Working as a trade unionist at Dublin Airport, then as a councillor for Fingal County Council and then as a TD with the Socialist Party, Daly has campaigned for a plethora of issues, including fighting against private bin charges, water charges, for workers rights, against Ireland’s abortion restrictions and for garda whistleblowers.
She was jailed for a month over protesting against bin charges in 20013 and was arrested for breaching security at Shannon Airport in 2015 while attempting to search US military planes.
And it is for these aforementioned reasons that voters know Clare Daly.
Brexit, EU military and immigrants are issues not on the radar for voters here, despite being hot topics in the EU elections.
But as Daly explains, much that goes through the parliament or makes it into law starts in Europe.
“Housing [funding], pension changes, the militarisation of member states, a lot of it starts in Europe,” she explains as the rain forces voters to rush by without accepting leaflets.
She says the EU’s military alliance pact, PESCO, was introduced in the Dáil “at the 11th hour with barely no debate in the Dáil”.
I raise the question of which group or political alliance Daly will join in the EU parliament if she is indeed elected.
This is an issue, as groups, both conservative and liberal, vote in blocks and members from different states support each other when it comes to directives, legislation or matters for a particular state.
Daly, like her colleague Wallace, claims she hasn’t decided yet.
But when pushed, she admits a preference might be to join the European United Left-Nordic Green Left (GUE/NGL), a group whose members include sitting Sinn Féin MEPs as well as Independent Luke Ming Flanagan.
She is critical of the way the EU operates, claiming it is a neo-liberal body protecting big business.
“The EU will destroy itself unless it changes direction. Its citizens are being left behind,” Daly tells me.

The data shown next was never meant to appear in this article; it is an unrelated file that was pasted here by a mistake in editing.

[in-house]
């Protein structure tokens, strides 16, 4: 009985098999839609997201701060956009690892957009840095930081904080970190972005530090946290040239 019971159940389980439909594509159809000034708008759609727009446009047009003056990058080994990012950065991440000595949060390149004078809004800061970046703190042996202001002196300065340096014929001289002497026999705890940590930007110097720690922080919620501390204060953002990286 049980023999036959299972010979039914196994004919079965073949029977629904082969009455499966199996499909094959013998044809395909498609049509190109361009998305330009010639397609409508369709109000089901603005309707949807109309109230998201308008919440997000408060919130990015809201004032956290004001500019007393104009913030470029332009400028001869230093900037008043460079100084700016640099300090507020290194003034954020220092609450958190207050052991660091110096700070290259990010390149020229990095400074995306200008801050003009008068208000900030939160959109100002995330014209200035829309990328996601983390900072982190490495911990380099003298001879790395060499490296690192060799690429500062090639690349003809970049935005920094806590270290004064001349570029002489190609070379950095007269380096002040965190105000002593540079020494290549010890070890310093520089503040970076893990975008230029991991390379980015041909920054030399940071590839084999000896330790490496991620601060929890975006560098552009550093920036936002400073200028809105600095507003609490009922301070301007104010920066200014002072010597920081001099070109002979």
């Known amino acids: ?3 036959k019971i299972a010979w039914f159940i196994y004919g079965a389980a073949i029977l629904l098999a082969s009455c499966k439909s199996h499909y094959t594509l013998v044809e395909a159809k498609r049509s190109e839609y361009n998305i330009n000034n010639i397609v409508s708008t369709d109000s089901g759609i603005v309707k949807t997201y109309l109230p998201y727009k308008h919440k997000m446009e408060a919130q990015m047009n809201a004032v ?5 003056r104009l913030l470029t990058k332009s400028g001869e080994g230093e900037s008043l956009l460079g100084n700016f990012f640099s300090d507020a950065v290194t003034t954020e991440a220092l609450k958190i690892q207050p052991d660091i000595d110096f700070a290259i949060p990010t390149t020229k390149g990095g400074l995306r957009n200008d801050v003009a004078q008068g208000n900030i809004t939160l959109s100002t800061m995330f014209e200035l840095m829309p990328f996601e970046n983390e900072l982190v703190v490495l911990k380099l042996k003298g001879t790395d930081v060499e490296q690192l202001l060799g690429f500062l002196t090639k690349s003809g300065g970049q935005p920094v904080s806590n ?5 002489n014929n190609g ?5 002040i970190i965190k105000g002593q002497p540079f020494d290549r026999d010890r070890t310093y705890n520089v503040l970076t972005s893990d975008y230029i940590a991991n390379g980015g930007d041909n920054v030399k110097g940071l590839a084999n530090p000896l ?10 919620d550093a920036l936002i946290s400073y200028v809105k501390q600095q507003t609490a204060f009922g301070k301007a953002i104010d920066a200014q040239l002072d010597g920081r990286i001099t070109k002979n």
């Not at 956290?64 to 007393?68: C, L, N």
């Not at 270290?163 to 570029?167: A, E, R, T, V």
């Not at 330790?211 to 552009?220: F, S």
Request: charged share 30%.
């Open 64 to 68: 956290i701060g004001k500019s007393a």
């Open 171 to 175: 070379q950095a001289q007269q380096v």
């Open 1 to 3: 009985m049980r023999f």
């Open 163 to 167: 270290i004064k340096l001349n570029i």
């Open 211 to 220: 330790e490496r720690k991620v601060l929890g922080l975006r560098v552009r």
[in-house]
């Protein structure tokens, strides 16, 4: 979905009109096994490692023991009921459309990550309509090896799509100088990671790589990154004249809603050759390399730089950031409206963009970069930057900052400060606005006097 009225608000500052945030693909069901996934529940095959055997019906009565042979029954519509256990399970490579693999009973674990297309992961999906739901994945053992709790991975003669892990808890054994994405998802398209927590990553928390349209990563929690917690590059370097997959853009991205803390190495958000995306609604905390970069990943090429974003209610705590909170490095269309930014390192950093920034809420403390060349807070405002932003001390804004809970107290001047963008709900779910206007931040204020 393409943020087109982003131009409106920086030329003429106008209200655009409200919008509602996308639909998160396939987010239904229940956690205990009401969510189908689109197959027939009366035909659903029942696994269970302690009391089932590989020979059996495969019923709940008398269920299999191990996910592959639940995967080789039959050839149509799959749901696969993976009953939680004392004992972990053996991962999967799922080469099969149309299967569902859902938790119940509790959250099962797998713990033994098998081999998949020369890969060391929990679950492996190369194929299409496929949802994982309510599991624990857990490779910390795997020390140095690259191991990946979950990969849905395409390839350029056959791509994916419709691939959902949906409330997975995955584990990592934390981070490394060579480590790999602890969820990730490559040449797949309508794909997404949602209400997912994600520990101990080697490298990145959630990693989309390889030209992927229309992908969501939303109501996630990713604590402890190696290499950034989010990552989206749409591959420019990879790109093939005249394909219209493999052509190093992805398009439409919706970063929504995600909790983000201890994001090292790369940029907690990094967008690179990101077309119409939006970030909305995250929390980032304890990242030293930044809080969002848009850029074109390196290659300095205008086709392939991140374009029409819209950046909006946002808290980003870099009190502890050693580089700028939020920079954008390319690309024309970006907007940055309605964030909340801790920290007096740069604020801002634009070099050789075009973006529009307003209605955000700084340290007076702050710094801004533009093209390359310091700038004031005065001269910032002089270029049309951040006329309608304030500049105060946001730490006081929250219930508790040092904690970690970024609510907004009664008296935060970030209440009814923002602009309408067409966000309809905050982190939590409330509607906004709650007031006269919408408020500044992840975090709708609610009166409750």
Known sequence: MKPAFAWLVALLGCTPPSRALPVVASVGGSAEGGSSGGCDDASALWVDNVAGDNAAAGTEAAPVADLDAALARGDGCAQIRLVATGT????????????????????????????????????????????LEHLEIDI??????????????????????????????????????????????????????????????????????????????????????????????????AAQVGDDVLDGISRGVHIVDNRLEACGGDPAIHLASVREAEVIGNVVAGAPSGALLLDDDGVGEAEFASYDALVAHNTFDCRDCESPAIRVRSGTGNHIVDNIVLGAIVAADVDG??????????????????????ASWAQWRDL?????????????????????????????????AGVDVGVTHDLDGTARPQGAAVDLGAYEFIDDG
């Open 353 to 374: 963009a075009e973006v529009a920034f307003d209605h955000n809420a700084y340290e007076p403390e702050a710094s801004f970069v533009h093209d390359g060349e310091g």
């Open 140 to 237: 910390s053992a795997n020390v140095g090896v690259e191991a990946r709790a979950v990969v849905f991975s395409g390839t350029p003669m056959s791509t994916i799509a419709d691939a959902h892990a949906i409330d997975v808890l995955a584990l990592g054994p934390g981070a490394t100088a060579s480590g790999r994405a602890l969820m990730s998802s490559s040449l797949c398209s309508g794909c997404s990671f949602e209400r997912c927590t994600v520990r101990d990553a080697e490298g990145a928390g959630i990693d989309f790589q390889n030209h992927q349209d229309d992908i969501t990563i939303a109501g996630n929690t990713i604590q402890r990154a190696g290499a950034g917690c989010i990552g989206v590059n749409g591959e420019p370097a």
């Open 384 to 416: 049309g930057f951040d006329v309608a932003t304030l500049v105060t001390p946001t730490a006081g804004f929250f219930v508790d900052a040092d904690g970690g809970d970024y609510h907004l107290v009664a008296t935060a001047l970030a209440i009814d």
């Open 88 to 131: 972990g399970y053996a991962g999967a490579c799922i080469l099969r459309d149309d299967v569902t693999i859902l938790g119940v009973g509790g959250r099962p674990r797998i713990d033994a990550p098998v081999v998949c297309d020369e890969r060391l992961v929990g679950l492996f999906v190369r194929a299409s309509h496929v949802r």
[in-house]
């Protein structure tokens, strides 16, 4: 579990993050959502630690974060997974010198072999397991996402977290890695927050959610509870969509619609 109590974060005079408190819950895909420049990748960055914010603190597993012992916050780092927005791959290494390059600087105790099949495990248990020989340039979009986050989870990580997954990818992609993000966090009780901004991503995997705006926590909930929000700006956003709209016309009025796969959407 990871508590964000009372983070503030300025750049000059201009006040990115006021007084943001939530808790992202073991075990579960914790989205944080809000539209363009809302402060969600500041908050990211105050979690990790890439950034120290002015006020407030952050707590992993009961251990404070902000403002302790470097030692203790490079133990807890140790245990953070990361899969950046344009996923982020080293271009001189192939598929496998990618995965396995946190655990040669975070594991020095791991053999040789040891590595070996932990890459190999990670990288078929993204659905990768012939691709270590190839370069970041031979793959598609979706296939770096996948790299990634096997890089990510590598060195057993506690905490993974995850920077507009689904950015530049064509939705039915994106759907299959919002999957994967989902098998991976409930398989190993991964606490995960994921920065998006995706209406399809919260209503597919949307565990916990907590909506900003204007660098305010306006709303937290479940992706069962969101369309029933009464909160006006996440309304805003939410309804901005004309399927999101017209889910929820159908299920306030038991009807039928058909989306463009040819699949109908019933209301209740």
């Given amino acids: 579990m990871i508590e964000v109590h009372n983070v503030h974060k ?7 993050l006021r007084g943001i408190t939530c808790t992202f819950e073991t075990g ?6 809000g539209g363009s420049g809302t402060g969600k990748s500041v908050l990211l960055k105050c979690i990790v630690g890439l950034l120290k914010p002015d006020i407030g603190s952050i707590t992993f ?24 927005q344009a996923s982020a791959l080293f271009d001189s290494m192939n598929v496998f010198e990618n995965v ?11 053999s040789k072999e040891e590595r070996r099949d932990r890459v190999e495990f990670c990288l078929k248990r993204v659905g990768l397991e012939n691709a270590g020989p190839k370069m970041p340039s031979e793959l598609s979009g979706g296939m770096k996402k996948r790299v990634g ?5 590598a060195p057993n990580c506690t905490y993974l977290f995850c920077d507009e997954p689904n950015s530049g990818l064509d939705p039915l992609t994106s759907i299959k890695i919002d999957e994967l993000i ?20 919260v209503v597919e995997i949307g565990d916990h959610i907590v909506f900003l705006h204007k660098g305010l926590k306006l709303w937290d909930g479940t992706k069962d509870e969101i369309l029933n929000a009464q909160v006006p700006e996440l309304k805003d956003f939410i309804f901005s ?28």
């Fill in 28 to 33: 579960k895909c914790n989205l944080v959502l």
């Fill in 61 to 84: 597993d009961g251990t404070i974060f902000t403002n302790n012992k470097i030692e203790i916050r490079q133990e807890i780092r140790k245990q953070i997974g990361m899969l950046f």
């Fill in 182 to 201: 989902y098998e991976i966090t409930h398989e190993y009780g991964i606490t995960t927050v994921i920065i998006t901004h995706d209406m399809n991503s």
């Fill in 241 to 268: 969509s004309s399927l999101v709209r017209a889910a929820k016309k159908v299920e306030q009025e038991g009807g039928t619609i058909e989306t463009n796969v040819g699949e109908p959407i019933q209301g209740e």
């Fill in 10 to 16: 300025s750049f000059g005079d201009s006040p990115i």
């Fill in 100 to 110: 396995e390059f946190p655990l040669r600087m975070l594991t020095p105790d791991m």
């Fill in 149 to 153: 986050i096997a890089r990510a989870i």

She is also critical of other more established parties using huge funds for their MEP campaigns and the fact that some politicians go to Europe in the final days of their political careers.
“Europe is treated as a retirement home for those without a platform. It is unusual for those with a solid platform to make a bid for Europe, but that’s what I am doing, to try and make a difference.”
As the sun briefly makes an appearance and canvassing resumes, Daly comes across a couple who, like others, are eager for a quick phone picture with her.
On a lot of these canvasses, the mobile phones are nearly the first things to come out before the leaflets and conversation. But that could be a sign for the aspiring politician at least that they are liked.
“I always see you on the telly. We like you. Take a picture there,” says a smiling Shelly Hudson from Dublin’s Liberties.
Her partner Jim is a window cleaner, but business is slow today with the summer showers.
“You’re great on the telly, we love ya giving out,” adds Ms Hudson, as the phones are put away.
The two usually vote Fianna Fáil, but a lot of working class communities have moved away from that party since the financial crash.
“You’re great at giving out to the Government,” adds the Dublin voter. But she also inquires: “Where’s that guy with the blonde hair you are always with?”
Daly tells the voter he is running in Ireland South. There’s a brief few more laughs before the voter gives Clare a friendly wave as other passersby stop.
“Get them Government politicians off their arses,” quips Ms Hudson.